The project website TakeThemInFamilies.com uses the open-source genealogy program Gramps. As the goal of this endeavor is to make the family trees of those enslaved at Casa Bianca available to the public, Gramps allows the creation of interactive family trees and other reports for users of the website. But as a narrowly focused genealogy-oriented program, its shortcomings include the inability to create a designation to trace a chain of slaveholders for an enslaved person or the incorporation of any other data related to the history of slavery. Another deficiency is the insufficiency to export full citations of document resources for an academic environment. To overcome these limitations, a dataset for Enslaved.org was produced to address these deficiencies. The portion of the dataset that deals with enslaved individuals is integrated into the Enslaved.org Hub.
These two related datasets about the enslaved people at Casa Bianca and their descendants were derived from multiple sources. As this project's initial goal was to determine the fate of the enslaved people President James Monroe sold to Florida, research began with an examination of Monroe's correspondence, available from the James Monroe Papers at the University of Virginia and the James Monroe Museum (Fredericksburg, VA), along with Albemarle County deeds associated with Monroe. We extracted the names of the enslaved people from these documents, comparing them to names found in documents associated with Casa Bianca plantation in Jefferson County, Florida in order to determine which individuals Monroe sold to Joseph M. White in 1828. Only the individuals sold to White -- named Toby and Betsy, Jim Harris and Calypso, Mary Baker, and Dudley and Eve -- are included in the dataset. The names of their children included in the sale are inferred from the family grouping in the Casa Bianca plantation inventories, along with birthplace information found in post-Emancipation federal and Florida state census records.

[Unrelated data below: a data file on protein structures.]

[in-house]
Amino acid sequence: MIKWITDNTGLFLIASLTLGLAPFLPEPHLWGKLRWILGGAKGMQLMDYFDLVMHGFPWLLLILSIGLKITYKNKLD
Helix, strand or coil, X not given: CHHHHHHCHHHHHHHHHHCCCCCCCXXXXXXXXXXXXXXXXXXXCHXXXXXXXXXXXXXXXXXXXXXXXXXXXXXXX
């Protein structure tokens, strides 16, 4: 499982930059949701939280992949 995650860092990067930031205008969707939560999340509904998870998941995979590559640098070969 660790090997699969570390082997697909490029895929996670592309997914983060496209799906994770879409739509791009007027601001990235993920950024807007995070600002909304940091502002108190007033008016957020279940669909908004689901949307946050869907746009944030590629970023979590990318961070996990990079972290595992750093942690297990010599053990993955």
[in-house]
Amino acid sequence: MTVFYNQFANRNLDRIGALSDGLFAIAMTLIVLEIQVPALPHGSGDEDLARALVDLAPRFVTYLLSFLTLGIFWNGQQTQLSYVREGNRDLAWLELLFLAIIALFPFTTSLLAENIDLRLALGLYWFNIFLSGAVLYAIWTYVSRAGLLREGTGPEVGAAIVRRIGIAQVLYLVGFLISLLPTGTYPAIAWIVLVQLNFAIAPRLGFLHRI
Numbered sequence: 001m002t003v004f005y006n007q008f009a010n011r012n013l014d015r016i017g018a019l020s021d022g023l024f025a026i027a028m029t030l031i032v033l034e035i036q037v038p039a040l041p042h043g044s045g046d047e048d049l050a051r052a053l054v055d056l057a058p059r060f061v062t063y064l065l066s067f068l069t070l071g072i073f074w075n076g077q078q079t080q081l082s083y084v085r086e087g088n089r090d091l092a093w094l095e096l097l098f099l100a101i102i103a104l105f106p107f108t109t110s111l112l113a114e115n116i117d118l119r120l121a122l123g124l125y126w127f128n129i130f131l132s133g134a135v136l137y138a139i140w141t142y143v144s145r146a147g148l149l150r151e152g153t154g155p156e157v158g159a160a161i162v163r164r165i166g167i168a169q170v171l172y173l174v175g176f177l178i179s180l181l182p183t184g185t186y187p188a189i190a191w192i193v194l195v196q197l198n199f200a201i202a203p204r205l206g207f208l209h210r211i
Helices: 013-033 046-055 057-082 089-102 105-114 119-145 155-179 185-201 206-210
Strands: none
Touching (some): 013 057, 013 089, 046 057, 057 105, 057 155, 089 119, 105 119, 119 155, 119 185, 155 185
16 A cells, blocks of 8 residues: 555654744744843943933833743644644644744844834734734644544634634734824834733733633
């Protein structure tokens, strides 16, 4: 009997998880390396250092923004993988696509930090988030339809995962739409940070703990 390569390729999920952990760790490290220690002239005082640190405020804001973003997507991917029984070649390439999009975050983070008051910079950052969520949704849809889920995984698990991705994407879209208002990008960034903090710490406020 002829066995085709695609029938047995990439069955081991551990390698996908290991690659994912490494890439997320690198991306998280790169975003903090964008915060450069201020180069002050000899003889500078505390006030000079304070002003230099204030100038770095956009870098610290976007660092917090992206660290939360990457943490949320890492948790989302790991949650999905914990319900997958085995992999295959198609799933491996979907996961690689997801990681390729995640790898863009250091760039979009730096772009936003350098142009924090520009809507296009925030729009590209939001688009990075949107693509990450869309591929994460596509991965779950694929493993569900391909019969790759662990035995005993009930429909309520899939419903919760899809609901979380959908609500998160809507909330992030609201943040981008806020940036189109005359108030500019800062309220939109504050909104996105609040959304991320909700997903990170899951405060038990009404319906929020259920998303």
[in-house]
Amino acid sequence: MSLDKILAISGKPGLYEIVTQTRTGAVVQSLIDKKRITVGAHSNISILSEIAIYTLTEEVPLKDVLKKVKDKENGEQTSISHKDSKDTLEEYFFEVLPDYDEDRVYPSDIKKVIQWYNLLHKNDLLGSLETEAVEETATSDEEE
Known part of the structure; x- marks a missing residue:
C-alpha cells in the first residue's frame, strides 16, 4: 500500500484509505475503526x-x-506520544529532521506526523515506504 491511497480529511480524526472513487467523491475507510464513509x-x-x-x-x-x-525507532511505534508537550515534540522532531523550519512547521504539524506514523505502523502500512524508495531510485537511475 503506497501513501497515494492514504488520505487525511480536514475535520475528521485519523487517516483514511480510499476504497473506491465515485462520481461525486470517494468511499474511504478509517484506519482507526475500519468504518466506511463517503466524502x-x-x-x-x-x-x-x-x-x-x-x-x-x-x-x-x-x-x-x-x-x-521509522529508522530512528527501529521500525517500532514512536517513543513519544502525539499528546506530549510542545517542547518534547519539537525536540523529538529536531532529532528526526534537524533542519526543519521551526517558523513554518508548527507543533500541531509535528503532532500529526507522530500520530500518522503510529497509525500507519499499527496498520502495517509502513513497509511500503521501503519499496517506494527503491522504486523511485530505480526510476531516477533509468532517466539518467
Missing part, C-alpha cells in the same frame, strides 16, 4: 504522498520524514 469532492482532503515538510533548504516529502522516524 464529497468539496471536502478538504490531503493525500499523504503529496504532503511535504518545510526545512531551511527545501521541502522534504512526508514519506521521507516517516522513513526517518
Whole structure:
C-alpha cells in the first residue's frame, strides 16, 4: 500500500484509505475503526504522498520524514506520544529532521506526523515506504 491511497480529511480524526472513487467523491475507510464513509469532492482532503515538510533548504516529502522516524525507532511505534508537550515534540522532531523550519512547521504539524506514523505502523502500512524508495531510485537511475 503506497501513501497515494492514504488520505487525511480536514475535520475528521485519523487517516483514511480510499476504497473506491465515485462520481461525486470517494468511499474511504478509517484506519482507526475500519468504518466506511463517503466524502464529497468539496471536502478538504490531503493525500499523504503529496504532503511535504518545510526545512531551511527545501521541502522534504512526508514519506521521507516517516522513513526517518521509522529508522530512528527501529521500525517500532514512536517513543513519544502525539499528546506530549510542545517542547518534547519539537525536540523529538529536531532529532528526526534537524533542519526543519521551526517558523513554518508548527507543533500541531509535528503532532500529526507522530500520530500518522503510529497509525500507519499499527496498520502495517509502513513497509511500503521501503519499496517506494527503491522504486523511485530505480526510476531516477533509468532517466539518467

The J. Patton Anderson Papers at the University of Florida contained three Casa Bianca plantation inventories that named the enslaved people at the plantation in family groups, which allowed the later identification of these individuals post-Emancipation. These lists do not provide further information about the people, such as age, gender, or birthplace. The genders contained in the dataset are derived from census records or, if no census data has been found for the person, gender has been assumed based on the first name.
We also compiled the records associated with Casa Bianca's white owners and managers (Joseph M. White, Ellen Adair White Beatty, Theophilus Beatty, James Patton Anderson, Everett White, and Richard Henry Wilde) from Jefferson County, Florida deed books, Florida Superior Court Cases, and wills, estates, and probate files. Most of these records listed solely the name, and sometimes the gender, of enslaved individuals. County court documents permitted the identification of the chain of ownership for some groupings of enslaved people, andlantation sale documents from 1860 included their ages. Any specified age or gender information from these documents has been included in the corresponding citation for each person.
At its core, our project is genealogical. Since our dataset includes information about the descendants of enslaved people from Casa Bianca plantation, we determined it was important to distinguish between the enslaved and descendants, and our data includes a checkbox to designate this status.
In tracing the descendants of the enslaved from Casa Bianca as families left the Jefferson County, Florida area after emancipation, it was necessary to expand geographically the record search. Information extracted from Federal Census records (1870-1940) and Florida State Census records (1885, 1935, and 1945) included each individuals' name, age, and location. Complete transcriptions of census information can be found on the project's accompanying website, TakeThemInFamilies.com. We searched birth, marriage, and death records, along with Freedmen's Bureau records, for each individual in each census location they appeared. Because of the descendants' migration after Emancipation, records appear in Florida, Georgia, Louisiana, Arkansas, and Illinois.